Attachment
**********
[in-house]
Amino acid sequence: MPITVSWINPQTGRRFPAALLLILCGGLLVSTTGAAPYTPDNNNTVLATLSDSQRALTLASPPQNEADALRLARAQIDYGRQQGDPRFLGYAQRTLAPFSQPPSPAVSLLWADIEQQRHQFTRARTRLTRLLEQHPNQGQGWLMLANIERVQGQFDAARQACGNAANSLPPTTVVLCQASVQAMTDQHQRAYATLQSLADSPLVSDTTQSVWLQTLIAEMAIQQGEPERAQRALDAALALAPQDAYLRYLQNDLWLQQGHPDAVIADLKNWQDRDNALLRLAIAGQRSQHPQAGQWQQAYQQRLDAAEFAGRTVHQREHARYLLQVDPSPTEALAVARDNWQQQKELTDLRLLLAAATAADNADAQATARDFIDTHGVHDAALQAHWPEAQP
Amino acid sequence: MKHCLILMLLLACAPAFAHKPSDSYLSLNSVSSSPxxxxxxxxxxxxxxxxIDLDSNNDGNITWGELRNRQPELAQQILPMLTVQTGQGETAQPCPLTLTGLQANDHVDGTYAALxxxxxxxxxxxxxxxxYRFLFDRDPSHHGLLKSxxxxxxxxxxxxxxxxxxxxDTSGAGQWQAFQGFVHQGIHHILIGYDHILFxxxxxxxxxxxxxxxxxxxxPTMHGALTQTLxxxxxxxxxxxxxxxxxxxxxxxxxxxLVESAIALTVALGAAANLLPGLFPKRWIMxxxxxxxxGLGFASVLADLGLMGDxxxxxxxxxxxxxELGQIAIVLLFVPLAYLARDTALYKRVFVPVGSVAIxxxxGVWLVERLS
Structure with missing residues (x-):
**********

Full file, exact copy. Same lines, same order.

[in-house]
Amino acid sequence: MPITVSWINPQTGRRFPAALLLILCGGLLVSTTGAAPYTPDNNNTVLATLSDSQRALTLASPPQNEADALRLARAQIDYGRQQGDPRFLGYAQRTLAPFSQPPSPAVSLLWADIEQQRHQFTRARTRLTRLLEQHPNQGQGWLMLANIERVQGQFDAARQACGNAANSLPPTTVVLCQASVQAMTDQHQRAYATLQSLADSPLVSDTTQSVWLQTLIAEMAIQQGEPERAQRALDAALALAPQDAYLRYLQNDLWLQQGHPDAVIADLKNWQDRDNALLRLAIAGQRSQHPQAGQWQQAYQQRLDAAEFAGRTVHQREHARYLLQVDPSPTEALAVARDNWQQQKELTDLRLLLAAATAADNADAQATARDFIDTHGVHDAALQAHWPEAQP
Amino acid sequence: MKHCLILMLLLACAPAFAHKPSDSYLSLNSVSSSPxxxxxxxxxxxxxxxxIDLDSNNDGNITWGELRNRQPELAQQILPMLTVQTGQGETAQPCPLTLTGLQANDHVDGTYAALxxxxxxxxxxxxxxxxYRFLFDRDPSHHGLLKSxxxxxxxxxxxxxxxxxxxxDTSGAGQWQAFQGFVHQGIHHILIGYDHILFxxxxxxxxxxxxxxxxxxxxPTMHGALTQTLxxxxxxxxxxxxxxxxxxxxxxxxxxxLVESAIALTVALGAAANLLPGLFPKRWIMxxxxxxxxGLGFASVLADLGLMGDxxxxxxxxxxxxxELGQIAIVLLFVPLAYLARDTALYKRVFVPVGSVAIxxxxGVWLVERLS
Structure with missing residues (x-):